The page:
Referred to as “the female hormone”, estrogen plays a big role in regulating essential female bodily functions; menstrual cycle regulation, uterine tissue growth, and the formation of female sexual characteristics are all responsibilities of estrogen. Thus, when your estrogen levels go awry, your everyday life may feel hectic, too. Imbalanced estrogen levels can lead to a range of symptoms, from hot flashes and osteoporosis to anxiety and depression. But how can you tell if your hormone levels are “normal”? Continue reading below for some valuable information.
Estrogen Fluctuations Throughout Life
The first thing you should know about estrogen levels is that what's considered normal changes in correspondence with a woman's life stage and individual menstrual cycle. For example, estrogen levels taper off when a woman reaches menopause in her 40s and 50s. During her monthly menstrual cycle, a woman's estrogen levels are highest just before ovulation. Pregnant women often experience high estrogen levels. Keep reading for more information about estrogen levels or continue reading below to learn how you can test your estrogen levels.
When to Test
The third day of a woman's cycle is the best option for testing estrogen levels. During this day, hormone levels are more stable than at other times of the month, such as during ovulation.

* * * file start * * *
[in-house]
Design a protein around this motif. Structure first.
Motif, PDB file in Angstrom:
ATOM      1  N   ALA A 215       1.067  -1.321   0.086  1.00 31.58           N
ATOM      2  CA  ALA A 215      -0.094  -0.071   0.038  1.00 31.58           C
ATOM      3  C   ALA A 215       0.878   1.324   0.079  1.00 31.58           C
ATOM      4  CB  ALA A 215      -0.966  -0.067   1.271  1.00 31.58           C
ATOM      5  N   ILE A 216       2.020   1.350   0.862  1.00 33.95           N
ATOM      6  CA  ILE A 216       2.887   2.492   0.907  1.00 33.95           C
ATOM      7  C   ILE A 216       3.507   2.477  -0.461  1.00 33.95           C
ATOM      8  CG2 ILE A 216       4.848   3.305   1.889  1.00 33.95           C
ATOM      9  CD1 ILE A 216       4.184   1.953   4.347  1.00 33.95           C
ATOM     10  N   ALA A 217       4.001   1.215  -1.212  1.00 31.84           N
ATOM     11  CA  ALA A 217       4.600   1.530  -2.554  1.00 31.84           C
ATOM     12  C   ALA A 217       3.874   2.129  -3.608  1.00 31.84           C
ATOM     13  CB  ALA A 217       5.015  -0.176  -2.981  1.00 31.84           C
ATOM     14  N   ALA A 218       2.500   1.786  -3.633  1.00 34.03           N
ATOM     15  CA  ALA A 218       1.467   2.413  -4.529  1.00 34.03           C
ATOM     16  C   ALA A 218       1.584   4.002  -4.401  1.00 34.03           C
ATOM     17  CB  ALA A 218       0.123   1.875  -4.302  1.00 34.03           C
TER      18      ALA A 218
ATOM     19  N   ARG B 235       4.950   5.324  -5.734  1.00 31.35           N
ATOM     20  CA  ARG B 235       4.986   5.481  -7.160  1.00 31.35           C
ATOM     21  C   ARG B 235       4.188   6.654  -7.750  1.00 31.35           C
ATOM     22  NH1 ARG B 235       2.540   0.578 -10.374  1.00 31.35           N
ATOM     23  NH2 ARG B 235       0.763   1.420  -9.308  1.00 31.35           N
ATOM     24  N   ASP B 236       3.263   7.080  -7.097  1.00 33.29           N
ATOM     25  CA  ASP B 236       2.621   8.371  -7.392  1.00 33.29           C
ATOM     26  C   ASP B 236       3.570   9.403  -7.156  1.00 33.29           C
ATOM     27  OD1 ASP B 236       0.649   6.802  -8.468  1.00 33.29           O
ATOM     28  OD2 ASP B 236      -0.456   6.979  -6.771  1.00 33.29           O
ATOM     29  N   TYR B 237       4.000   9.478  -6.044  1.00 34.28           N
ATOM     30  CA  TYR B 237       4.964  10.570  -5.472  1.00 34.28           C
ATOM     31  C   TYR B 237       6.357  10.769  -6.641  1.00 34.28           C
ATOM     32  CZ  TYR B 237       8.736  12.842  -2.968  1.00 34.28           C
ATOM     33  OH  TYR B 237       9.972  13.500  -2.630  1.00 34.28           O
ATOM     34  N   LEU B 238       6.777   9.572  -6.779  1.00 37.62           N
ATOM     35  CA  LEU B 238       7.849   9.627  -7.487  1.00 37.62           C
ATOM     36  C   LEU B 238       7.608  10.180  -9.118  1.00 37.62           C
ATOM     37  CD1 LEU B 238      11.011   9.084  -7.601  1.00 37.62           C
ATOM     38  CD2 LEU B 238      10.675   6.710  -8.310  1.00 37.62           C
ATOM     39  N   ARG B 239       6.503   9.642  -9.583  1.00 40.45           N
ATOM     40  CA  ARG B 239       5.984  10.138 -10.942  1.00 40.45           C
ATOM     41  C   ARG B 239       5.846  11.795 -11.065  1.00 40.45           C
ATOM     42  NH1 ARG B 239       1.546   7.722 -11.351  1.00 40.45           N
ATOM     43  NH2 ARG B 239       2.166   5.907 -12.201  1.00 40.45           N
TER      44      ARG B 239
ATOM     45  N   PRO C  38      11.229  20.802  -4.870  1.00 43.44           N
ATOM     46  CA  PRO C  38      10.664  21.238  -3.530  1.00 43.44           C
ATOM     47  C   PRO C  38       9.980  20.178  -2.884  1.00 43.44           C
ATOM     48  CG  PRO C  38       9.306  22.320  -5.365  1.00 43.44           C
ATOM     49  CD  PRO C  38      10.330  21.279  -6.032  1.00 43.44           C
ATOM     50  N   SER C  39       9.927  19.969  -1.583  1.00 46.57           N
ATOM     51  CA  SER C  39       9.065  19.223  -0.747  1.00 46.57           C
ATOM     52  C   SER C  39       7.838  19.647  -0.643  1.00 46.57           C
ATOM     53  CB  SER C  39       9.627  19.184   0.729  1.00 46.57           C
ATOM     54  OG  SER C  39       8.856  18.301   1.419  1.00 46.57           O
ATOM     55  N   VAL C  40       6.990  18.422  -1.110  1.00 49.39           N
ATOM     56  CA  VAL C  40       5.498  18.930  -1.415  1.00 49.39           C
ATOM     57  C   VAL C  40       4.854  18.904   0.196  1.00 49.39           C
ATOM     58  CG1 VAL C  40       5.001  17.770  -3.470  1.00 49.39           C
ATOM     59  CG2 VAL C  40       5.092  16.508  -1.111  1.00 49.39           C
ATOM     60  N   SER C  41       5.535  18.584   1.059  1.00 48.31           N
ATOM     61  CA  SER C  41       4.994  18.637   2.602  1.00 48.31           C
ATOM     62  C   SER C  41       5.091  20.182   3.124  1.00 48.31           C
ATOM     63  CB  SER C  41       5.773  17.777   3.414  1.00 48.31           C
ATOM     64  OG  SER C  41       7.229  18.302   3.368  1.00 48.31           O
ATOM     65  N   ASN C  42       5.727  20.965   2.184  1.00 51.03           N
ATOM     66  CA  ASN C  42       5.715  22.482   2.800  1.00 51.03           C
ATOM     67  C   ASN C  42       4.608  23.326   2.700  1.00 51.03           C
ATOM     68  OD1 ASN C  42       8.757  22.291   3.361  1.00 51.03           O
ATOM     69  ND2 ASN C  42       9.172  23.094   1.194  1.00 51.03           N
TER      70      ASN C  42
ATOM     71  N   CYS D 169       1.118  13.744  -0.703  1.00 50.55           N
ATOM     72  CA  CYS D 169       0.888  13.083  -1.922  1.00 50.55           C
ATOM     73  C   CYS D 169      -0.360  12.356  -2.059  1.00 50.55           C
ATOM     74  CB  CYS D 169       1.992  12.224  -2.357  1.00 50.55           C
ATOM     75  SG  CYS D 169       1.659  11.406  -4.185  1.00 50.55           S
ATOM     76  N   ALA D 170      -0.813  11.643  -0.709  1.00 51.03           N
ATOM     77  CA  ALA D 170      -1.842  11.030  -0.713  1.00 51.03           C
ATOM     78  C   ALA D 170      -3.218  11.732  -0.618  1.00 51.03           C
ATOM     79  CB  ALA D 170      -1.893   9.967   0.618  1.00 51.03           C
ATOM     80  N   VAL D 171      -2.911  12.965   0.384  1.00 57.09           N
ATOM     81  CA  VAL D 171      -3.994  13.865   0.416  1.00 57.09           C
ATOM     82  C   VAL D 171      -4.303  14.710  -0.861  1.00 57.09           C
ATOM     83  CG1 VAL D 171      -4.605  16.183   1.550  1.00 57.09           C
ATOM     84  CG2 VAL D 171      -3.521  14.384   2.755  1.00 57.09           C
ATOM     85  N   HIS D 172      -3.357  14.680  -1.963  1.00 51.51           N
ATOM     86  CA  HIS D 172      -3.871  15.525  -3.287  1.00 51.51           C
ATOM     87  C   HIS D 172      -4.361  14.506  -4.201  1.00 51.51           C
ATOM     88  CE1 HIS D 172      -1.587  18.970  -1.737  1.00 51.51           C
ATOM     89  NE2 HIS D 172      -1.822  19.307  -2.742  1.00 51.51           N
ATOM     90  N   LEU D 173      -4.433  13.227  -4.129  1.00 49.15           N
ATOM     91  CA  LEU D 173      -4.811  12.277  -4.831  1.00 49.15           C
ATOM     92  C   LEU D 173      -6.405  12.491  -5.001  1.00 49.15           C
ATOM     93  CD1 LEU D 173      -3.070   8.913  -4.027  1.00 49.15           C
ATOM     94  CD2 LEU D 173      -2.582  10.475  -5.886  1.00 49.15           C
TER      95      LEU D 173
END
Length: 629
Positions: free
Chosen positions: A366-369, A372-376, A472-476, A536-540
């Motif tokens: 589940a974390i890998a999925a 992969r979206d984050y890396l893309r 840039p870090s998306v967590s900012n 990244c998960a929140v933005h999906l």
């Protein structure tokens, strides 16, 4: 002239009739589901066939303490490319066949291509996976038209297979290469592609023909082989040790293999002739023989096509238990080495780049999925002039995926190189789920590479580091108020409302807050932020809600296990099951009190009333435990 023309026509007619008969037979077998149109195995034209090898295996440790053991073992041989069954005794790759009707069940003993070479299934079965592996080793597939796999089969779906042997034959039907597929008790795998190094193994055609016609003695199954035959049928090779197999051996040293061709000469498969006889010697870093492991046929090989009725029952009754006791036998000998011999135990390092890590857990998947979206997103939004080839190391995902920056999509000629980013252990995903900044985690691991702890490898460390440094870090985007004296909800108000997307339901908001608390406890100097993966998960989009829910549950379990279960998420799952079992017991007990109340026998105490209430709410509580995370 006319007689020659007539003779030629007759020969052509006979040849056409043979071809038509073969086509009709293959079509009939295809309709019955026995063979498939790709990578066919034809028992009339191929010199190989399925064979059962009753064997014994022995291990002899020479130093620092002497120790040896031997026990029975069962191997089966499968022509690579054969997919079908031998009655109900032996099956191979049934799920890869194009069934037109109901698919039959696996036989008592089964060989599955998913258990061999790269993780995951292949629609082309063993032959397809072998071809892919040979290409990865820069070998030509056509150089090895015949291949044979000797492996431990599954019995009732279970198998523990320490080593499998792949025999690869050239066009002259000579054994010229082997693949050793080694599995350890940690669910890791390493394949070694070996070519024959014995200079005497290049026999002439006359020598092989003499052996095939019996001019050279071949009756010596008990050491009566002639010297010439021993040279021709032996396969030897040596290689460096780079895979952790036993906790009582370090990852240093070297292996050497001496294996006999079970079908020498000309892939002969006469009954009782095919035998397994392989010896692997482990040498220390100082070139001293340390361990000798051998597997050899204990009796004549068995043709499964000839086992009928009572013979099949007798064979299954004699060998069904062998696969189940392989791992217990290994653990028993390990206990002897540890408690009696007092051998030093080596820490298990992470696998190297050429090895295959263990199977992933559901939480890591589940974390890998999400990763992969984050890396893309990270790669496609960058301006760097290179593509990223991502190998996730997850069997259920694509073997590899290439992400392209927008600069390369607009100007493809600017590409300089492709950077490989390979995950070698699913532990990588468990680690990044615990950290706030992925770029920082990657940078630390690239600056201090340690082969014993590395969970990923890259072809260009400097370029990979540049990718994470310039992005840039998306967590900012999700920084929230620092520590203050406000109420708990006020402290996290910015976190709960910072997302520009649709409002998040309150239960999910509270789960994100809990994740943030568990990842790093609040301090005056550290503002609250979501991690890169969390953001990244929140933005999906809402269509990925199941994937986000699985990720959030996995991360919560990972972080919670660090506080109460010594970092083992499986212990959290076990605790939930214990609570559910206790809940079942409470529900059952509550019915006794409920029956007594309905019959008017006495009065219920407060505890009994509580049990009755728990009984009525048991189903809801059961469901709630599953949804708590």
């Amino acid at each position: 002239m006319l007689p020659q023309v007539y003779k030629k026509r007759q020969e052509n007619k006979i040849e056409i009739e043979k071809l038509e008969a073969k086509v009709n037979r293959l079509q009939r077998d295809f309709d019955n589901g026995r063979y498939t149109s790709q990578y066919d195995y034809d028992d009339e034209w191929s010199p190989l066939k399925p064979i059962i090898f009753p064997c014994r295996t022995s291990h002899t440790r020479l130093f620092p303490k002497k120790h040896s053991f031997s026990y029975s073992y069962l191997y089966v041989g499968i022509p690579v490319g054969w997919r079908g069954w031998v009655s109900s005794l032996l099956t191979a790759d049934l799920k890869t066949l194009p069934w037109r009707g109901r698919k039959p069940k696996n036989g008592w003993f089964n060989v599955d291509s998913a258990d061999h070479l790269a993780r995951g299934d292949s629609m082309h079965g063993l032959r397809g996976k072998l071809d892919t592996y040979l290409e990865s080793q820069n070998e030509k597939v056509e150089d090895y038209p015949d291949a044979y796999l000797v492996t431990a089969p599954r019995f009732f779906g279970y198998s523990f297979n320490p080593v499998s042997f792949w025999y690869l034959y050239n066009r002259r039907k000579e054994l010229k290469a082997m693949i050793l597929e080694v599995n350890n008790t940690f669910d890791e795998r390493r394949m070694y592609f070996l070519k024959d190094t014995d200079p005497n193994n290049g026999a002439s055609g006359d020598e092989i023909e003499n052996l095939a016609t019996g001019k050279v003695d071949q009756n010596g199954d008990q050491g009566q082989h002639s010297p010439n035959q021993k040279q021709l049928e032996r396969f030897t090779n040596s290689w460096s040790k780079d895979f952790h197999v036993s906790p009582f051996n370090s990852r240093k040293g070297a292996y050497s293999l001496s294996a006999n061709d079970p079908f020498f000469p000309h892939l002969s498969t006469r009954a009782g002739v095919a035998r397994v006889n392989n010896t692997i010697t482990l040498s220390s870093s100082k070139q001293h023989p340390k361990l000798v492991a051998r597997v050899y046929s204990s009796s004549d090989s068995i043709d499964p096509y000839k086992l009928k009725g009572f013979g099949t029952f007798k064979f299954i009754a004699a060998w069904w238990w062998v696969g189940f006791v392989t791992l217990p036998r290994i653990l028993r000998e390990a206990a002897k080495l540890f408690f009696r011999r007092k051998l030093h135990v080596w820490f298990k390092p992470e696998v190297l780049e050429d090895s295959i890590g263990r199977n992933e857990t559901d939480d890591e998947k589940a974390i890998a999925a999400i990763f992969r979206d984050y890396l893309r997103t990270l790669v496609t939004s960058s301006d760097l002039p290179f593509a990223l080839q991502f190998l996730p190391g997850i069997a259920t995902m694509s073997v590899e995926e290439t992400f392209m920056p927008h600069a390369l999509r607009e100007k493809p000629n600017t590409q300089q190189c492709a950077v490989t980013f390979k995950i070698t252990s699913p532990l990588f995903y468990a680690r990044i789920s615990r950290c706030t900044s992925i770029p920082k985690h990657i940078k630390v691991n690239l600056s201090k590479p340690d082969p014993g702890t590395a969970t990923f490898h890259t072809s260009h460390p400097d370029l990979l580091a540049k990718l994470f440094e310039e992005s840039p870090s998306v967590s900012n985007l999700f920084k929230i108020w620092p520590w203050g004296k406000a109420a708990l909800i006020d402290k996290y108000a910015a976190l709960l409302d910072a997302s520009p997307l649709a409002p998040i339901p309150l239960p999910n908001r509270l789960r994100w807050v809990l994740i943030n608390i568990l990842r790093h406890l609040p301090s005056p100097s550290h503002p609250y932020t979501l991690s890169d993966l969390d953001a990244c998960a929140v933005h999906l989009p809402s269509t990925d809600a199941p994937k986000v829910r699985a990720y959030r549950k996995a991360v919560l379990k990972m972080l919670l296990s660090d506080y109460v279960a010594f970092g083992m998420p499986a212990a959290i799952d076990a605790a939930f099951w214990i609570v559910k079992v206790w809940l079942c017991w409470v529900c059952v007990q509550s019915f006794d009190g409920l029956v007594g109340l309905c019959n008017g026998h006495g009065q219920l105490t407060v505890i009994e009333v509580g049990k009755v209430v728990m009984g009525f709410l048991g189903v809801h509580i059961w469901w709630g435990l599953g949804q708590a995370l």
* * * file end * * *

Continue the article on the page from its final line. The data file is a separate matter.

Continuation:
Types of Estrogen Tests
If you think you may be suffering from estrogen dominance or estrogen deficiency, you should schedule a doctor's appointment immediately. Your doctor will administer a test that will help determine what's behind your imbalanced estrogen levels and advise a treatment option to suit your needs.
Common estrogen tests include:
- Blood test. Blood tests may detect estrogen imbalances by measuring the hormones found in the blood serum or blood plasma content.
- Urine test. 24-hour urine samples are not susceptible to hourly fluctuations in serum or saliva measurements. Urine tests detect estrogen imbalance by capturing metabolite measurements.
- Saliva test. These tests capture the metabolic process of the salivary glands and the diffusion of hormones from the bloodstream. Results may be skewed by diet, medication, hormone replacement therapy (HRT) treatments and contraceptive pills.
Recommendation: Why You Shouldn't Self-Test
Although some experts claim that a saliva test can be conducted in the comfort of your home, a visit to your doctor's office is strongly recommended to confirm the results of this estrogen test. Your doctor will be able to review the causes of hormone imbalance and identify the condition behind your imbalanced estrogen levels.